Schopenhauer & Nietzsche

It’s Schopenhauer and Nietzsche in CoPhi, a sad and notorious pair of Teutonic misanthropes who wrote well and retain an enduring appeal among artsy elitists, alienated romantics, and those who feel shut out, underappreciated, and misunderstood – hence their particular attraction among a certain class of disaffected, anxious adolescent. Picture Dwayne in Little Miss Sunshine

James deplored “Poor Nietzsche’s antipathy,” and indeed Schopenhauer and Nietzsche were both full of contempt for much that most of us treasure. Bertrand Russell says Nietzsche’s repudiation of love is his least admirable aversion. The same may also be said of Schopenhauer, though he does seem to have loved his puppies. As for humans,

“There is only one inborn error, and that is the notion that we exist in order to be happy… So long as we persist in this inborn error… the world seems to us full of contradictions. For at every step, in great things and small, we are bound to experience that the world and life are certainly not arranged for the purpose of being content. That’s why the faces of almost all elderly people are etched with such disappointment.”

And yet, both had their moments of insight. Both can still inspire. Alain de Botton is Schopenhauer’s biggest fan, urging his kind of pessimism as a good fit for our times (vid) and finding deep consolation in bleak, terse aphorisms like To marry means to do everything possible to become an object of disgust to each other… Every life history is the history of suffering… Life has no intrinsic worth, but is kept in motion merely by want and illusion.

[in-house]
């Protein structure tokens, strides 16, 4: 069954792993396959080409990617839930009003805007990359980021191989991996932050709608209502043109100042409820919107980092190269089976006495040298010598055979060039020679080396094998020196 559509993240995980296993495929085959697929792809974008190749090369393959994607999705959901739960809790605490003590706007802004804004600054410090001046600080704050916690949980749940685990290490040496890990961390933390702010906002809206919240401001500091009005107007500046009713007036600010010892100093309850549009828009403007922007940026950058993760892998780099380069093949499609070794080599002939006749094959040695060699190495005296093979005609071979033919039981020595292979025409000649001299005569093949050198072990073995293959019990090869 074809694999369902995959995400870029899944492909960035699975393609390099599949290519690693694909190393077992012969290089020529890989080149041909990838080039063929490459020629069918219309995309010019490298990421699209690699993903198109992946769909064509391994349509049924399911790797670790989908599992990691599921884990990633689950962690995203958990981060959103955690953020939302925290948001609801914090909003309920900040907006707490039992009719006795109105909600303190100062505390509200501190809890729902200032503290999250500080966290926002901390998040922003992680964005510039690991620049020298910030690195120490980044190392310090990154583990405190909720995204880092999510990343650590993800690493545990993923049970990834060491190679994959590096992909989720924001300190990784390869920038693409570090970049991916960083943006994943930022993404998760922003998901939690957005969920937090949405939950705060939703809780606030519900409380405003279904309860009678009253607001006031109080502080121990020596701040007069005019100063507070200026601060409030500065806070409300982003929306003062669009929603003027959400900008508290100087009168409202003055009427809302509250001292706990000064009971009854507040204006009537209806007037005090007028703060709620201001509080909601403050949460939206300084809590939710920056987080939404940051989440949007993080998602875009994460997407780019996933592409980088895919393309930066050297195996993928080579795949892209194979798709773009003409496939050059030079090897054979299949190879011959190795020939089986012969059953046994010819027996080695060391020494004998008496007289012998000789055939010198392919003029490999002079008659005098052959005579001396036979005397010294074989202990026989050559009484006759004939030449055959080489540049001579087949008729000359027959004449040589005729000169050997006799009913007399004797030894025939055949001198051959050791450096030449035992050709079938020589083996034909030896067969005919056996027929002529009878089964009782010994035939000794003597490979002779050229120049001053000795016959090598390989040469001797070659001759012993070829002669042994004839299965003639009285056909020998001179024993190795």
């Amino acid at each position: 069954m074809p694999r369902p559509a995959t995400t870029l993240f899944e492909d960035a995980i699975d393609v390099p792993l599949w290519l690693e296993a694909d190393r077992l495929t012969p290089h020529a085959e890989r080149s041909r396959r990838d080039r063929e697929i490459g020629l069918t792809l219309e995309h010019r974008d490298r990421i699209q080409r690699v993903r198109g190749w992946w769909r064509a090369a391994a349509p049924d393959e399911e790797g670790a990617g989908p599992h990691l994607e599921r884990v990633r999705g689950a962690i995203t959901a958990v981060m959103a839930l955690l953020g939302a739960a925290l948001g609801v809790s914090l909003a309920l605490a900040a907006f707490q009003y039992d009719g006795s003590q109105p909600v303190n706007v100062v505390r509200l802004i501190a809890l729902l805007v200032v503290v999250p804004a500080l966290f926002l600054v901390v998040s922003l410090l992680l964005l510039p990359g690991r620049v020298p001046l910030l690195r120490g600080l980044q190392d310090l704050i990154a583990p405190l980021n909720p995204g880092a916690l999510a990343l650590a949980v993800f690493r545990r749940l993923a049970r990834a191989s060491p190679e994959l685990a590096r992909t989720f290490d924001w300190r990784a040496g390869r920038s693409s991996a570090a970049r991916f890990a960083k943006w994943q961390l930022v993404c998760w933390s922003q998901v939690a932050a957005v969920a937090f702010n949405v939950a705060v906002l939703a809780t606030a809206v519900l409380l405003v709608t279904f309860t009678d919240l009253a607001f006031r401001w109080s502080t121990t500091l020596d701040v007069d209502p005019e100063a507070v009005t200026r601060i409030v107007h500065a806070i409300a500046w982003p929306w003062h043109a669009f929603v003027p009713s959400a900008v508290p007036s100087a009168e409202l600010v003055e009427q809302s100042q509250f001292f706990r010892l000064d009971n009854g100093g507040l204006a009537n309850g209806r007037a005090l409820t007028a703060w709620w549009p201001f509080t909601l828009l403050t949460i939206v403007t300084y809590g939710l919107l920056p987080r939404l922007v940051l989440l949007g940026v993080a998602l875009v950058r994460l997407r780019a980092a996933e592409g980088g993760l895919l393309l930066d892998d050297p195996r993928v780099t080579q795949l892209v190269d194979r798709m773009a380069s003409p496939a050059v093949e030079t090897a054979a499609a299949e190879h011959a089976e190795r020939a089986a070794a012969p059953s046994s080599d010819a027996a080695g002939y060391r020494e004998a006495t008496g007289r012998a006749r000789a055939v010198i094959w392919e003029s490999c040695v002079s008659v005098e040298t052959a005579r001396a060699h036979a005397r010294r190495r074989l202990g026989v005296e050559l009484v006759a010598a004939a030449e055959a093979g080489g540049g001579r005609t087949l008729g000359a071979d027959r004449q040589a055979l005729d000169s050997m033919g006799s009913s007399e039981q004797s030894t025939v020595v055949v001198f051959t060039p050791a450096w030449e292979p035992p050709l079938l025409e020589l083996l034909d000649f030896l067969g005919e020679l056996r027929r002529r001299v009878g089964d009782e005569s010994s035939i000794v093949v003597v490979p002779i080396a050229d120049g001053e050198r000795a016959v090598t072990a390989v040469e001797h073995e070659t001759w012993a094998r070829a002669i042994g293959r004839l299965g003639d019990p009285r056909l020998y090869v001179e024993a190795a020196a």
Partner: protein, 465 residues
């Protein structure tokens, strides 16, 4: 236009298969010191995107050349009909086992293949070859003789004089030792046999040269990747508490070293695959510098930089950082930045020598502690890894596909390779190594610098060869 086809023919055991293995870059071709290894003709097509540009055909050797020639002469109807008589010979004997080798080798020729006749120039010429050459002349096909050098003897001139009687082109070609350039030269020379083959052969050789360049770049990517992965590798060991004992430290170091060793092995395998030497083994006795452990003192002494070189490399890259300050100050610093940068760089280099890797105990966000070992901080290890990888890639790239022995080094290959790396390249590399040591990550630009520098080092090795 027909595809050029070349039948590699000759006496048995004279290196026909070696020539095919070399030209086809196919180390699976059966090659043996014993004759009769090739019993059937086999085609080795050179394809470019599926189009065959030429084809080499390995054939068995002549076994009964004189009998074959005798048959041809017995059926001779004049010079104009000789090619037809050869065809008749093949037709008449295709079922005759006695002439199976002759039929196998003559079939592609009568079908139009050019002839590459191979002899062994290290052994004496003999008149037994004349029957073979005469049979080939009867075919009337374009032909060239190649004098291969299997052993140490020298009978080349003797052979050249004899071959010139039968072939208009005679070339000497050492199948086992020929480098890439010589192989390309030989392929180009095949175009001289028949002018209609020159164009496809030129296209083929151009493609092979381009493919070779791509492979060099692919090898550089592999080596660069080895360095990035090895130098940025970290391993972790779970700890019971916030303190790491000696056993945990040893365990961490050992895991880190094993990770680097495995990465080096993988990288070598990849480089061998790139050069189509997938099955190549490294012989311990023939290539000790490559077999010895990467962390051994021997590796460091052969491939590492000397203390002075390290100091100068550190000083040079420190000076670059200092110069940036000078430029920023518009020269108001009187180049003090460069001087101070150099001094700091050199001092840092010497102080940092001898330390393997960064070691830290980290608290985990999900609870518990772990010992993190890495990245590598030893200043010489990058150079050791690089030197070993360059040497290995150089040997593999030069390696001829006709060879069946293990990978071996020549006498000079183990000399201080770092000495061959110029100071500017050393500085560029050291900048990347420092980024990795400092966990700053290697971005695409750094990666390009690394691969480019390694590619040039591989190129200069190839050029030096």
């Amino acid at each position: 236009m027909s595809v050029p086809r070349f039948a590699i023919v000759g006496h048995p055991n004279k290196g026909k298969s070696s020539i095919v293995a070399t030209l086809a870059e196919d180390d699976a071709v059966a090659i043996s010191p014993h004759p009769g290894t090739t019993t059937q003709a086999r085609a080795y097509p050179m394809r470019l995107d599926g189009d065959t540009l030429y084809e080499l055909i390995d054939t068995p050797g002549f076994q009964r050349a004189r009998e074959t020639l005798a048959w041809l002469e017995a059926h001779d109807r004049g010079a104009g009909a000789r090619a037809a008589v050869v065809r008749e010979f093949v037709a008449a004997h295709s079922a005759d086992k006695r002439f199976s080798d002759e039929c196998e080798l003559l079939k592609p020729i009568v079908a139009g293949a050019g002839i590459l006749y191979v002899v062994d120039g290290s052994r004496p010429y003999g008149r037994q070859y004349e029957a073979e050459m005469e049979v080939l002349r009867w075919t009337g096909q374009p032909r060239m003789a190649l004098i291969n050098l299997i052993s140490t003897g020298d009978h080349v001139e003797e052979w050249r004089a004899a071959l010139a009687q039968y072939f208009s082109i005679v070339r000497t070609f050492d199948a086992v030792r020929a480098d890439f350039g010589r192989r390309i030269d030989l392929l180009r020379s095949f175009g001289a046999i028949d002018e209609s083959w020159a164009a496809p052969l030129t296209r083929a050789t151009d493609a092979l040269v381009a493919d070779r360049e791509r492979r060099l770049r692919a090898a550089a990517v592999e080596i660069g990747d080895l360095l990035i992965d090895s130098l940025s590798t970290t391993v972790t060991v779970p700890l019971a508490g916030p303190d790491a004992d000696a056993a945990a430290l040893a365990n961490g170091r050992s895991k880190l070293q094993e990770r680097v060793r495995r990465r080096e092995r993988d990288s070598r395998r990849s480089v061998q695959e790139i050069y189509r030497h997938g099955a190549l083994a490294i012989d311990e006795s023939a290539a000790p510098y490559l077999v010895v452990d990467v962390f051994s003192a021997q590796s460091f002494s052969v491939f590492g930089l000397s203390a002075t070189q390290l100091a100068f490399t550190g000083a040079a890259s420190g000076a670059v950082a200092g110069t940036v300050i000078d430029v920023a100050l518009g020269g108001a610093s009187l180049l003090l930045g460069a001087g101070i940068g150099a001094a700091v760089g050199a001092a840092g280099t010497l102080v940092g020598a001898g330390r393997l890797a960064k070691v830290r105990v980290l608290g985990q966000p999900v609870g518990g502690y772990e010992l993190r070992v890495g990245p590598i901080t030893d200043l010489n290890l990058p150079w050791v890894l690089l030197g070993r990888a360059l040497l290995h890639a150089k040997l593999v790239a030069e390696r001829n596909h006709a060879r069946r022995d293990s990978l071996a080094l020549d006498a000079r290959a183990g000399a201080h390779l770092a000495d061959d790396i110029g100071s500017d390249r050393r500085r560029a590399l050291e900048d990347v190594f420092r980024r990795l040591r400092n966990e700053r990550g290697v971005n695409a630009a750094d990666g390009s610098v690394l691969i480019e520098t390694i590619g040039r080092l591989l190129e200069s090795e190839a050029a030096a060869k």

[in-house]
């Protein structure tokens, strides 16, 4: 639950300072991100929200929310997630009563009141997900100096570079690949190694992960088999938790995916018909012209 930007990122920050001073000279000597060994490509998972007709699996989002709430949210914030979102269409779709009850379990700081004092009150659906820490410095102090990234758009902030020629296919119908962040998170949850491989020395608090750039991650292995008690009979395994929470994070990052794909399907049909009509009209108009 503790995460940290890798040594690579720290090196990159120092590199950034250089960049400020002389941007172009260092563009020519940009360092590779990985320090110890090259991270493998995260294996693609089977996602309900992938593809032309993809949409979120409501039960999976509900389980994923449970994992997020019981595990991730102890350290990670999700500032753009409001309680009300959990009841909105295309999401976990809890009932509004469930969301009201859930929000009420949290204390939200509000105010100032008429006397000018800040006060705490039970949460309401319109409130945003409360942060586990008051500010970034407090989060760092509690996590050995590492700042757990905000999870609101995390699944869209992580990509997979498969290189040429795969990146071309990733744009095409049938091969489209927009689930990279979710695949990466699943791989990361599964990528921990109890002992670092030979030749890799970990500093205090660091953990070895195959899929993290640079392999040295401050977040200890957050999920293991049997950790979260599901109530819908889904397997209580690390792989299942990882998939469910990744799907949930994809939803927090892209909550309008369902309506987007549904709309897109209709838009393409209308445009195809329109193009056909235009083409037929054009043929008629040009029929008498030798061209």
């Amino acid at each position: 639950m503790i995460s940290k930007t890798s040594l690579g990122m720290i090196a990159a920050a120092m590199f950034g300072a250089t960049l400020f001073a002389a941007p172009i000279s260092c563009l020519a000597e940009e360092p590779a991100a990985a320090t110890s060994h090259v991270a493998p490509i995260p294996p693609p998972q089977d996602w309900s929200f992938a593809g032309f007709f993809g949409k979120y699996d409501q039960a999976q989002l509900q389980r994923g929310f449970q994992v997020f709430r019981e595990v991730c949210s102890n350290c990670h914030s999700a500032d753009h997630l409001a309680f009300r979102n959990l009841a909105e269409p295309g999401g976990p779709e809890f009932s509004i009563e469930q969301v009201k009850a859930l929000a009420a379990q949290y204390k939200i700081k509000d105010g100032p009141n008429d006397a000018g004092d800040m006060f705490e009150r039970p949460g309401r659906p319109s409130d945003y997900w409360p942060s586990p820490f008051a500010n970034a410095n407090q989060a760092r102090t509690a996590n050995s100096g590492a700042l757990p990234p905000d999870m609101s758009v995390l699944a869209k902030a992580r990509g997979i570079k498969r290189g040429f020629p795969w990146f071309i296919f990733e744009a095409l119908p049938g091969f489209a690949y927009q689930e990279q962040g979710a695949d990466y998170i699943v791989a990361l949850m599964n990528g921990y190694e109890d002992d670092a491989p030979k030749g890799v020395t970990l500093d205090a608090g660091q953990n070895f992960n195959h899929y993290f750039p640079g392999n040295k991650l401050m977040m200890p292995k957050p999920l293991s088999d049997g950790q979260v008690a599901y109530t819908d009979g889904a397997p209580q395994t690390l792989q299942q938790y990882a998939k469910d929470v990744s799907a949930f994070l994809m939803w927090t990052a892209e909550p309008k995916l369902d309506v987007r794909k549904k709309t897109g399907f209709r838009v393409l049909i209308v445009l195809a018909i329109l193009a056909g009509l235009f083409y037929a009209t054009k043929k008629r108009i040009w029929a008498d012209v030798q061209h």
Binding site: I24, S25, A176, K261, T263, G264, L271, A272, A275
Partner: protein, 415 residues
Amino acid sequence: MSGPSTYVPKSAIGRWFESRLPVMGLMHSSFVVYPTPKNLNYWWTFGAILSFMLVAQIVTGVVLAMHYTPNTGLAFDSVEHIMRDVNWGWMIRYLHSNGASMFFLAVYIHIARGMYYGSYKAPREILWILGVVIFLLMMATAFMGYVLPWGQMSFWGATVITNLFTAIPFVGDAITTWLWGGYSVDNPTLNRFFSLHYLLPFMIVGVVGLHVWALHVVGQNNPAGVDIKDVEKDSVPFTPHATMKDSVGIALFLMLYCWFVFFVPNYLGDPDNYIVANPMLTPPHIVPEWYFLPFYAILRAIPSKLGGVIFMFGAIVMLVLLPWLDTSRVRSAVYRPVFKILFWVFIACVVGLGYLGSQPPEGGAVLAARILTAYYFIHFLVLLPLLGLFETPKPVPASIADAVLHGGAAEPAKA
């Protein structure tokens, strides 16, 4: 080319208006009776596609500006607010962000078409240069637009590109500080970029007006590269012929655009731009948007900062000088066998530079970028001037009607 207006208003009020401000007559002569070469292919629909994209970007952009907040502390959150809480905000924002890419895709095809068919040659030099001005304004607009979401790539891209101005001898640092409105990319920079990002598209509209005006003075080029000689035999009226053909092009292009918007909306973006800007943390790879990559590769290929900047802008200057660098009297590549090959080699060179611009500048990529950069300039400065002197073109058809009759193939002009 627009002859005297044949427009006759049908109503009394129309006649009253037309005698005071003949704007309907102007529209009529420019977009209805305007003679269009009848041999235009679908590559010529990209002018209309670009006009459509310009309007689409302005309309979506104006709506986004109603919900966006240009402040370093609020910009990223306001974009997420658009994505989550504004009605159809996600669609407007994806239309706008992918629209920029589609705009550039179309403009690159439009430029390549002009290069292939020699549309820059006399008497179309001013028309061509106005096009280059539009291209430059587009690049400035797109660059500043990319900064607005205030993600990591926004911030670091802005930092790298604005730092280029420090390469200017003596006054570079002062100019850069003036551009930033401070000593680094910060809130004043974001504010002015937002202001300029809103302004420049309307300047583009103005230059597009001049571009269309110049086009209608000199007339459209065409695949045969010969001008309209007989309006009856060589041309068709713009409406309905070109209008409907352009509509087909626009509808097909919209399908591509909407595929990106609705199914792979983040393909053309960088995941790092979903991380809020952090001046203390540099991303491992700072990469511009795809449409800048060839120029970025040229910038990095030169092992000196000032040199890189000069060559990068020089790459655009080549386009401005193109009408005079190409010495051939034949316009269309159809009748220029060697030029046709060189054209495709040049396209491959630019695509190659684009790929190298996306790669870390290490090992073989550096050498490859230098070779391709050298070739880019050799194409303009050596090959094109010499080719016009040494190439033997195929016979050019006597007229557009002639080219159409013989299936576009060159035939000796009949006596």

After spending a lot of time trying, yet failing to be famous, and trying, yet failing to have a good relationships, towards the end of his life, Schopenhauer eventually found an audience who adored his writings. He lived quietly in an apartment in Frankfurt with his dog, a white poodle whom he called Atman after the world soul of the Buddhists – but whom the neighbouring children called Mrs Schopenhauer.

 Maria Popova looks to Nietzsche for guidance in “how to find yourself and the true value of education,” and the recognition that “embracing difficulty is essential for a fulfilling life.”

“No one can build you the bridge on which you, and only you, must cross the river of life. There may be countless trails and bridges and demigods who would gladly carry you across; but only at the price of pawning and forgoing yourself. There is one path in the world that none can walk but you. Where does it lead? Don’t ask, walk!”

He’s right, we must each walk our path. But his pessimistic predecessor at least understood the wisdom of Schulz: if you cultivate your canine relationships you’ll never have to walk alone.

But they both lacked the wisdom of the Bard: This thou perceivest, which makes thy love more strong,
To love that well which thou must leave ere long…

==
It’s the birthday of motion picture pioneer Auguste Lumière (1862)… he wasn’t much interested in pursuing further developments in motion picture technology, being more interested in medical research. He reportedly said, “My invention can be exploited … as a scientific curiosity, but apart from that it has no commercial value whatsoever.” WA

5:50/6:59, 62/89, 6:04

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